Is it possible for providers to heal patients without any physical contact or intervention?
Well, a University of Maryland researcher says such therapies certainly can't hurt and just might help.
John Astin reviewed 23 clinical studies involving prayer, noncontact therapeutic touch and other forms of spiritual intervention in which there is no physical contact between practitioner and patient.
His findings, published in the June 6 Annals of Internal Medicine, claim that in 57% of the studies such "distance healing" techniques had a positive impact on patients' health, whether it was a shorter-than-expected recovery time or less pain.
"Statistically speaking, the figure of 57% is highly significant," Astin said in a written statement. "This is far more than one would expect to see by chance alone."
Astin, an open-minded skeptic, says the findings aren't conclusive and should be interpreted with caution: In nine of the studies reviewed, distance healing techniques had no effect.
"On the other hand, there is certainly no evidence that attempts to heal from a distance cause any harm," Astin says.
Outliers wonders what North Carolina state Rep. George Miller would think of that.
Miller wanted to make felons of some alternative medicine providers (we're not making this up) for practicing without a license. He had to kill the provision he was pushing after numerous complaints.
"You deserve an A+ in grass-roots democracy," Miller told a group of 100 protesting his provision at a hearing in Raleigh, N.C., last week.
And you, sir, deserve a D- in open-mindedness.
Y-care. The typical down-on-his-luck resident of a YMCA usually doesn't see a healthcare provider until his problem has become serious.
That's why John Lafley, executive director of the Lawson House YMCA in Chicago, moved to bring healthcare to his Y.
Under Lafley's tenure Lawson has also bought an adjacent Ben & Jerry's ice cream shop to provide job training for some of the 540 residents of the Y, which sits just a few blocks west of glitzy Michigan Avenue.
Thanks mostly to a $1.75 million donation from James Denny, former chairman of Chicago's Northwestern Memorial Hospital, and his wife Catherine, the Lawson House has set up an onsite health center to offer residents a wide range of medical and support services--including counseling and health screenings.
In its first two weeks, the clinic provided 30 complete physical examinations to residents who would not otherwise have received the care.
"If the clinic wasn't available and (our residents) didn't have insurance, they wouldn't get the exams," Lafley says, adding he hopes the presence of the clinic will reduce emergency department visits at area hospitals.
The clinic is open 40 hours a week; the doctor is in 20 hours; a nurse practitioner is always available.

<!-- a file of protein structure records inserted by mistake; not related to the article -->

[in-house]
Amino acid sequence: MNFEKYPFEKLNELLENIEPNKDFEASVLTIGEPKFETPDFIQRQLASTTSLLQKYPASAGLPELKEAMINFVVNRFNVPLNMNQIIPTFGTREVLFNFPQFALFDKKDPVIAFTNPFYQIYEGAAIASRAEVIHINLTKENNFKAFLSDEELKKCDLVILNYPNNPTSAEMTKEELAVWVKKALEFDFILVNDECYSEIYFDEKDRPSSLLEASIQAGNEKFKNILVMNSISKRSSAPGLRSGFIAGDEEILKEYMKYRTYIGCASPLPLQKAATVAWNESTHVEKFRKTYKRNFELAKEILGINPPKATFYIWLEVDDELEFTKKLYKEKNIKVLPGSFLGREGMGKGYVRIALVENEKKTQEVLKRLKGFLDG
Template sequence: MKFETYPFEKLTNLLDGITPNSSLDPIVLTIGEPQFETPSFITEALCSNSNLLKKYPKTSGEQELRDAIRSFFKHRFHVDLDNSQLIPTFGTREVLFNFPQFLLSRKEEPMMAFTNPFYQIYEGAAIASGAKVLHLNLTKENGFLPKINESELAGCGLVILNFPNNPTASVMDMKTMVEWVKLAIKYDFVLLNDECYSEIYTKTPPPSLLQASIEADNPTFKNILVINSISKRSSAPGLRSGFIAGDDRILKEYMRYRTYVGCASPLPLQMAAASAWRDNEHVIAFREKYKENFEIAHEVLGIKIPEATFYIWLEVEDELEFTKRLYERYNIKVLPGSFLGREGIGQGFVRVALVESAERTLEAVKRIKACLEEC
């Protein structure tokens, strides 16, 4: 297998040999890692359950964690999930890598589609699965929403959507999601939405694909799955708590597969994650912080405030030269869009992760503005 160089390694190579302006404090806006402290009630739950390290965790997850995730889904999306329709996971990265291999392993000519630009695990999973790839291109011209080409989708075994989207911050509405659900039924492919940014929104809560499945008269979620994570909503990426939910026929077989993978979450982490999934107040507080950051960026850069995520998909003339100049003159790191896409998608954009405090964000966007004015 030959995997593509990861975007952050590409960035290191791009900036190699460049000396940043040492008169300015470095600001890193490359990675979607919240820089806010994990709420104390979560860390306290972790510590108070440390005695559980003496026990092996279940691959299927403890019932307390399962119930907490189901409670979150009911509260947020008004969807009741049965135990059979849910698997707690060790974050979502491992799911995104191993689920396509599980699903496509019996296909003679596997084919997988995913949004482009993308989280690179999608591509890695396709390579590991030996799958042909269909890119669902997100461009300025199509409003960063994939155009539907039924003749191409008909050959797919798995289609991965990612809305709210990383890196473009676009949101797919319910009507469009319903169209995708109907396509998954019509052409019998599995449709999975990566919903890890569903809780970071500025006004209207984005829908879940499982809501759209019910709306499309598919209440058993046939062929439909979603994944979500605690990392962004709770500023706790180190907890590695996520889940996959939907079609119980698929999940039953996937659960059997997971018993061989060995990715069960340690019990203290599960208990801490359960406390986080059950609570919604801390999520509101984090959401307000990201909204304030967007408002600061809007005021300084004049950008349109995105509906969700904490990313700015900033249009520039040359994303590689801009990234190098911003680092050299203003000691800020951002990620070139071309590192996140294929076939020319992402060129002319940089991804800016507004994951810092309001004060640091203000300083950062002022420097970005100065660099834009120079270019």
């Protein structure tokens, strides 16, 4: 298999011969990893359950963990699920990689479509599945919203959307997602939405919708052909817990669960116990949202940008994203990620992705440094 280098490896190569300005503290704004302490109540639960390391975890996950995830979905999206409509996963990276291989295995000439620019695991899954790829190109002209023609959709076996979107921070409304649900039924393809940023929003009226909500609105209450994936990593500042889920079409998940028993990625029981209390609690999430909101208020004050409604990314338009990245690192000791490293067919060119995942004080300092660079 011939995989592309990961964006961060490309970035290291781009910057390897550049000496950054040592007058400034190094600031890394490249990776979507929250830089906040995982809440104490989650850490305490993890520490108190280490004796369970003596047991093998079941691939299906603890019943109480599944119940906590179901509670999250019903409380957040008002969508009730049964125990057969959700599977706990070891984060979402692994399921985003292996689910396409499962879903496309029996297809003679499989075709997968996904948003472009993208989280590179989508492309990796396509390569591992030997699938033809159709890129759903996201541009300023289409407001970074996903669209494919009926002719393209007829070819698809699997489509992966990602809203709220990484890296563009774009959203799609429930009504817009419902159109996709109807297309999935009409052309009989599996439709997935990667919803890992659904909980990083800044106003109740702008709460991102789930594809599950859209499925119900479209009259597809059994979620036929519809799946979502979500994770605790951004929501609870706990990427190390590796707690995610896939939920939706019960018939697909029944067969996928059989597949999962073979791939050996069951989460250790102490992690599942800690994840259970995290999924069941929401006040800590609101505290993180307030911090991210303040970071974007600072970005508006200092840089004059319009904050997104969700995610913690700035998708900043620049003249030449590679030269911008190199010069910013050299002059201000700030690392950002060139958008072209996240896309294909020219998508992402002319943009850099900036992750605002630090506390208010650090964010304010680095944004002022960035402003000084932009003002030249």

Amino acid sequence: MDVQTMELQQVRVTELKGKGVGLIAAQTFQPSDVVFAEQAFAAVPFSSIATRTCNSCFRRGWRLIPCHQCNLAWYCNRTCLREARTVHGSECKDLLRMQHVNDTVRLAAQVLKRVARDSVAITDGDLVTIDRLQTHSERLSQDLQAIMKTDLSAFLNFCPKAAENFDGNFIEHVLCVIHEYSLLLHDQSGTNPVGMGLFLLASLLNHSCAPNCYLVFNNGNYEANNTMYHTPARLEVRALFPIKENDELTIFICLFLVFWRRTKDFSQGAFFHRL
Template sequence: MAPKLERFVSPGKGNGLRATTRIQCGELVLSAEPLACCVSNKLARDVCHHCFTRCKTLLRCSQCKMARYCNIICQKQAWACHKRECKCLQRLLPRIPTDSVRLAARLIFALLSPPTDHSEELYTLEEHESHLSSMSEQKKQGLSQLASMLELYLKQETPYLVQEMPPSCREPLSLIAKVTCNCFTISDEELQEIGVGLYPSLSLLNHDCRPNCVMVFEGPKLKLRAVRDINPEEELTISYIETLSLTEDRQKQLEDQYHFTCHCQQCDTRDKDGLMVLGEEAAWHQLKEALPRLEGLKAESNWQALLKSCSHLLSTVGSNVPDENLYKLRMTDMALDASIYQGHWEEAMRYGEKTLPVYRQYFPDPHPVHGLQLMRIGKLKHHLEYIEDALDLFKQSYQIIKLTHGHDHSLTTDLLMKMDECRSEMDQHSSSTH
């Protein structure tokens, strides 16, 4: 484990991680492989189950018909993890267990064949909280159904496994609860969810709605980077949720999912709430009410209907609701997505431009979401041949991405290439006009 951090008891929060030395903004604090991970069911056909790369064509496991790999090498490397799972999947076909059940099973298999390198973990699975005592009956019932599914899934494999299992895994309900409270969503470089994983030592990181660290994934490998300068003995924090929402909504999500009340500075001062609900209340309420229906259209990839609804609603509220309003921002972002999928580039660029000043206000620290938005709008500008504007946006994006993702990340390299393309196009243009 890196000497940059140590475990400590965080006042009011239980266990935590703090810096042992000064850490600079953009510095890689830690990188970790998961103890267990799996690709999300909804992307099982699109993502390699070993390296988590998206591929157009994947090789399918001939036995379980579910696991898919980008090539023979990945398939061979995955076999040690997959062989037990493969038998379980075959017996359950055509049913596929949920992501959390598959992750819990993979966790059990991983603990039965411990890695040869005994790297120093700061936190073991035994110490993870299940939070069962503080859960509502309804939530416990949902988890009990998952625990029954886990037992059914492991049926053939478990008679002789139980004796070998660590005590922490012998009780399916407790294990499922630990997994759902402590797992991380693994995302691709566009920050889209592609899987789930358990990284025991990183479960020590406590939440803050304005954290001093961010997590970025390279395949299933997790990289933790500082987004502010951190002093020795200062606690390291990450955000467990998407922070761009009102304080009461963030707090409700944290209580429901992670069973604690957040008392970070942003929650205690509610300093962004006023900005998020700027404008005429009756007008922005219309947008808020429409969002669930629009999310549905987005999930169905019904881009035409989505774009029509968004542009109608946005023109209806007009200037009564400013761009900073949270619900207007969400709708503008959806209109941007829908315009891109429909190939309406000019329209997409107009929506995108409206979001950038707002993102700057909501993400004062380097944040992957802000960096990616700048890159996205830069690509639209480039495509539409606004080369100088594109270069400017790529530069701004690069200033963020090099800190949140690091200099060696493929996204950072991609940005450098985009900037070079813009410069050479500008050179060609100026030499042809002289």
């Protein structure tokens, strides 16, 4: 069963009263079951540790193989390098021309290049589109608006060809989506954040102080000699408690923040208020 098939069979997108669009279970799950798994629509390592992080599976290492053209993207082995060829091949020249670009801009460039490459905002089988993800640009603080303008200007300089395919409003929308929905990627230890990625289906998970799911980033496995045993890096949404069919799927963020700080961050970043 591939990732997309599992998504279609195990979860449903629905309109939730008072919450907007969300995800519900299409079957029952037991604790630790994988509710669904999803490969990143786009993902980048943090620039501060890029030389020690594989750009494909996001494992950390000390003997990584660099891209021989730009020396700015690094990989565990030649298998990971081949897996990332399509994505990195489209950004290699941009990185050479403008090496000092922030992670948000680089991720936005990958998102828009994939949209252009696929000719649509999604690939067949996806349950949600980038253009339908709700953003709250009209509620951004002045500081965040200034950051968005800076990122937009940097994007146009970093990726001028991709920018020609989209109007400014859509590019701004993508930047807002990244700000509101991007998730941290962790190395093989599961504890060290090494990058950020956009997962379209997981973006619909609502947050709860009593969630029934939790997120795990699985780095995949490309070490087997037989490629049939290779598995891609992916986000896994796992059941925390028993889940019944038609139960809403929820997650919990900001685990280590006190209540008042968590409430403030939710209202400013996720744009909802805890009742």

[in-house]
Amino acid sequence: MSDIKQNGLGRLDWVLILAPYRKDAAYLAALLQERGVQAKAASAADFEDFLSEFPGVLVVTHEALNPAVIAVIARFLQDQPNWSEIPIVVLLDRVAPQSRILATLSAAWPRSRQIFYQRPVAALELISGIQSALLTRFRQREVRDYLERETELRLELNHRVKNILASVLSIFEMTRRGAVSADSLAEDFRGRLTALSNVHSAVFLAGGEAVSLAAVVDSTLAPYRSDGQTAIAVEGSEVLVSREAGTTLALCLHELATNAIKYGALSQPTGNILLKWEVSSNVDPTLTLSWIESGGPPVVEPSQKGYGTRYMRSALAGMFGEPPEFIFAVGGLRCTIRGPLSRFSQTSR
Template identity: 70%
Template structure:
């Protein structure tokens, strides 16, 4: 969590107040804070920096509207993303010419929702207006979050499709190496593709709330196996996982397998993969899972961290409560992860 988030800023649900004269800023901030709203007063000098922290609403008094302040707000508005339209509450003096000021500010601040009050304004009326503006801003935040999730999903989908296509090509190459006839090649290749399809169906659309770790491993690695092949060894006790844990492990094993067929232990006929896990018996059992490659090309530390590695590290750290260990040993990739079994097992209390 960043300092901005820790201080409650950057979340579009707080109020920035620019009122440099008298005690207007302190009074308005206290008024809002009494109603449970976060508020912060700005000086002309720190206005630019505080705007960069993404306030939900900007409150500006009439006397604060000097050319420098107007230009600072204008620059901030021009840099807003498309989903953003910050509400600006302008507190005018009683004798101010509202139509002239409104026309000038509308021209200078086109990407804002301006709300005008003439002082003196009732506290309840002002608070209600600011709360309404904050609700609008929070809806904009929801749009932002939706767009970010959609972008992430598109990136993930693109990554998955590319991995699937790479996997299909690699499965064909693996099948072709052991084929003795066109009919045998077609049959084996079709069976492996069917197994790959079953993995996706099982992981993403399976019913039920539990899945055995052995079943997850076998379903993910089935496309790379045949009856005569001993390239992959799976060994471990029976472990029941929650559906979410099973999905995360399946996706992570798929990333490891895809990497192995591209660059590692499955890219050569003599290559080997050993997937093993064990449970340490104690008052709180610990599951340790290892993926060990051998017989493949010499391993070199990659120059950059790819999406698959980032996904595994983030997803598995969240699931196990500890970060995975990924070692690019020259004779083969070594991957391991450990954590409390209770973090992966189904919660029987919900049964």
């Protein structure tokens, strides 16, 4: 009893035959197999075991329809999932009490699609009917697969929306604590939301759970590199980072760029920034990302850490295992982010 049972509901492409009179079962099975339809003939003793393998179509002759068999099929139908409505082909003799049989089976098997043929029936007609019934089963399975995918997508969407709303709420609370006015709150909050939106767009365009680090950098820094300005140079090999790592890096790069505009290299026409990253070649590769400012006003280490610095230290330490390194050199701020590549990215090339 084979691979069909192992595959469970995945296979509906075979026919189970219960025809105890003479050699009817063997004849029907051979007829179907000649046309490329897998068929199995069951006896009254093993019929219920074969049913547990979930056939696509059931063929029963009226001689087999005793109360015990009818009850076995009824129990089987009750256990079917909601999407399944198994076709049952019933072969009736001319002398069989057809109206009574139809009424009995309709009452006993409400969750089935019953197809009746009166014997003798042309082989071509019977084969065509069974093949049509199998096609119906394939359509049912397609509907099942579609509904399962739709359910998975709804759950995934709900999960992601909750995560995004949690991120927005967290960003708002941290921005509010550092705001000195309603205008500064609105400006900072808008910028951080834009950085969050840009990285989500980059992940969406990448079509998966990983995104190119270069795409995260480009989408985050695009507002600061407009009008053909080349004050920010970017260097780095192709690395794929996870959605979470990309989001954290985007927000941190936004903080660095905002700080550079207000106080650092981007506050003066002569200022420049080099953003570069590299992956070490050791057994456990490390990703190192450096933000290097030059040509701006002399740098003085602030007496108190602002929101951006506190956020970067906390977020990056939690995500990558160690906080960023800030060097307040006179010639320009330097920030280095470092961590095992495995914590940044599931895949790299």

Lawson House bought the neighboring Ben & Jerry's through a community partnership program offered by the South Burlington, Vt.-based company. Some 30% of the shop's employees are Lawson House residents or are from other Chicago YMCA programs.
"To my knowledge, there's no one else in the country doing this," Lafley says. "I think you're going to find other places attempting to mimic (our programs)."
Kudos to the innovative folks at Lawson House. And here's hoping other programs do flatter theirs with imitation.
The real story. The American Medical Association as a radical political organization?
A strange concept for sure--but not to Human Life International, an ultra-conservative Roman Catholic organization based in Front Royal, Va.
The HLI opposes an AMA policy--adopted at its annual meeting last month in Chicago--against using "reparative" or "conversion" therapy for gays and lesbians. The HLI argues homosexuality is a treatable mental disorder and that such therapies should be used to `cure' it.
HLI spokesman Andresen Blom explains: "There are hundreds of people who define themselves as `recovered' or `cured,' who now identify themselves, in their words, as `normal.' That's enough people to raise questions about whether this is a medical condition."
The AMA's medical student section sponsored the proposal, citing the American Psychiatric Association's 1973 removal of homosexuality from its list of mental disorders. The APA and other medical organizations have condemned conversion therapy as well.
According to an HLI statement, the AMA is a "formerly honorable" association on the road to becoming "nothing more than a tool of radical political agendas."
The AMA declined to comment on the HLI's accusations.
Doogie Howser II. A physician in Alaska could have her license suspended for allegedly allowing a teen-ager to provide emergency-room treatment.
A hearing officer has recommended that Grace Shimotsu surrender her medical license for 60 days, pay a $6,000 fine and attend an ethics course. The state medical board is expected to make a ruling on the case at its next meeting in August.
The incident occurred in 1994 when a woman was treated for multiple injuries received in a boating accident. She was airlifted to the former Wrangell (Alaska) General Hospital, where she was met by Shimotsu, the attending physician, and the 17-year-old daughter of the hospital's administrator.
The teen-ager was participating in an on-the-job training program. The state alleges Shimotsu allowed the young woman to cut off the victim's clothes, inflate a catheter, place EKG monitoring tabs on her chest and inject her with a local anesthesia, among other things.
Shimotsu maintains that she did nothing wrong.
Sure. And would Shimotsu want one of her family members to receive emergency treatment from a teen-ager?